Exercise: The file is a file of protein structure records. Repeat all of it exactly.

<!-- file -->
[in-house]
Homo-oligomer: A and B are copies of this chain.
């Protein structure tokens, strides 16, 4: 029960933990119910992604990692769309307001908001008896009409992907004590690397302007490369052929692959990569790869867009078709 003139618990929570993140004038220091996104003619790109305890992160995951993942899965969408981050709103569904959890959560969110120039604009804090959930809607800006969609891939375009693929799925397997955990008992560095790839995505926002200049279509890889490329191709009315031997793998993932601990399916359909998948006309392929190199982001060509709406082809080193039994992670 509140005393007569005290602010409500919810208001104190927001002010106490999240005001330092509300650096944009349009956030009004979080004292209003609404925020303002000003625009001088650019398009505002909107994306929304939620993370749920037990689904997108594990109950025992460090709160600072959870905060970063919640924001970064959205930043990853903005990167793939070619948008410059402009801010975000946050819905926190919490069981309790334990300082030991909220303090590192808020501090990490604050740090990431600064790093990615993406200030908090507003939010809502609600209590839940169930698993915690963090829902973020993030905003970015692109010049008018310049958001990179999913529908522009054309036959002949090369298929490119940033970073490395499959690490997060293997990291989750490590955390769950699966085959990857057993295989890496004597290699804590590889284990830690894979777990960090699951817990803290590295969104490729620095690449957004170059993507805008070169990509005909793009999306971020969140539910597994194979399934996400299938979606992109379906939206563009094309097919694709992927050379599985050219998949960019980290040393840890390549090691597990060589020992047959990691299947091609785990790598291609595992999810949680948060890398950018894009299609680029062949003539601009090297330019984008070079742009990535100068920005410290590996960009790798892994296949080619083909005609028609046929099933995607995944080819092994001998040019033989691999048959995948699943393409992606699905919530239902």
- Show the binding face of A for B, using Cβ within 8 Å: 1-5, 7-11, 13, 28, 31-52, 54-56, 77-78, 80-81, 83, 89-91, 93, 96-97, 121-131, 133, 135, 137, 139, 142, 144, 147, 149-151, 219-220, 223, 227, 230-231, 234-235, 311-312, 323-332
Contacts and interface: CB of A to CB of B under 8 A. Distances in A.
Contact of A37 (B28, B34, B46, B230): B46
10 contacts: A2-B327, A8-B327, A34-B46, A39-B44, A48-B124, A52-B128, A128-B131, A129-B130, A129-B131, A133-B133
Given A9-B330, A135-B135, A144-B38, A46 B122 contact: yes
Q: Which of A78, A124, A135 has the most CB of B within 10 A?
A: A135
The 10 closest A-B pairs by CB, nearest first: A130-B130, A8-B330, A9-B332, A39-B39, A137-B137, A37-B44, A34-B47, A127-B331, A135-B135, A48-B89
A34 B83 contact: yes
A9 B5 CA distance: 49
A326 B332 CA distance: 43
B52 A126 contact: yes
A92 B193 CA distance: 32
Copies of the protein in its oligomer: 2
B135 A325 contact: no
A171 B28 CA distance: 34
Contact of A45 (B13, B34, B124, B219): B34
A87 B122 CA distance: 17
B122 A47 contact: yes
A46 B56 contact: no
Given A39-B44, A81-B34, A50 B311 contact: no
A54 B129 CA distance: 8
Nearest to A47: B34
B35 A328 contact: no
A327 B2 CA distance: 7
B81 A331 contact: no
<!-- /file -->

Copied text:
[in-house]
Homo-oligomer: A and B are copies of this chain.
């Protein structure tokens, strides 16, 4: 029960933990119910992604990692769309307001908001008896009409992907004590690397302007490369052929692959990569790869867009078709 003139618990929570993140004038220091996104003619790109305890992160995951993942899965969408981050709103569904959890959560969110120039604009804090959930809607800006969609891939375009693929799925397997955990008992560095790839995505926002200049279509890889490329191709009315031997793998993932601990399916359909998948006309392929190199982001060509709406082809080193039994992670 509140005393007569005290602010409500919810208001104190927001002010106490999240005001330092509300650096944009349009956030009004979080004292209003609404925020303002000003625009001088650019398009505002909107994306929304939620993370749920037990689904997108594990109950025992460090709160600072959870905060970063919640924001970064959205930043990853903005990167793939070619948008410059402009801010975000946050819905926190919490069981309790334990300082030991909220303090590192808020501090990490604050740090990431600064790093990615993406200030908090507003939010809502609600209590839940169930698993915690963090829902973020993030905003970015692109010049008018310049958001990179999913529908522009054309036959002949090369298929490119940033970073490395499959690490997060293997990291989750490590955390769950699966085959990857057993295989890496004597290699804590590889284990830690894979777990960090699951817990803290590295969104490729620095690449957004170059993507805008070169990509005909793009999306971020969140539910597994194979399934996400299938979606992109379906939206563009094309097919694709992927050379599985050219998949960019980290040393840890390549090691597990060589020992047959990691299947091609785990790598291609595992999810949680948060890398950018894009299609680029062949003539601009090297330019984008070079742009990535100068920005410290590996960009790798892994296949080619083909005609028609046929099933995607995944080819092994001998040019033989691999048959995948699943393409992606699905919530239902």
- Show the binding face of A for B, using Cβ within 8 Å: 1-5, 7-11, 13, 28, 31-52, 54-56, 77-78, 80-81, 83, 89-91, 93, 96-97, 121-131, 133, 135, 137, 139, 142, 144, 147, 149-151, 219-220, 223, 227, 230-231, 234-235, 311-312, 323-332
Contacts and interface: CB of A to CB of B under 8 A. Distances in A.
Contact of A37 (B28, B34, B46, B230): B46
10 contacts: A2-B327, A8-B327, A34-B46, A39-B44, A48-B124, A52-B128, A128-B131, A129-B130, A129-B131, A133-B133
Given A9-B330, A135-B135, A144-B38, A46 B122 contact: yes
Q: Which of A78, A124, A135 has the most CB of B within 10 A?
A: A135
The 10 closest A-B pairs by CB, nearest first: A130-B130, A8-B330, A9-B332, A39-B39, A137-B137, A37-B44, A34-B47, A127-B331, A135-B135, A48-B89
A34 B83 contact: yes
A9 B5 CA distance: 49
A326 B332 CA distance: 43
B52 A126 contact: yes
A92 B193 CA distance: 32
Copies of the protein in its oligomer: 2
B135 A325 contact: no
A171 B28 CA distance: 34
Contact of A45 (B13, B34, B124, B219): B34
A87 B122 CA distance: 17
B122 A47 contact: yes
A46 B56 contact: no
Given A39-B44, A81-B34, A50 B311 contact: no
A54 B129 CA distance: 8
Nearest to A47: B34
B35 A328 contact: no
A327 B2 CA distance: 7
B81 A331 contact: no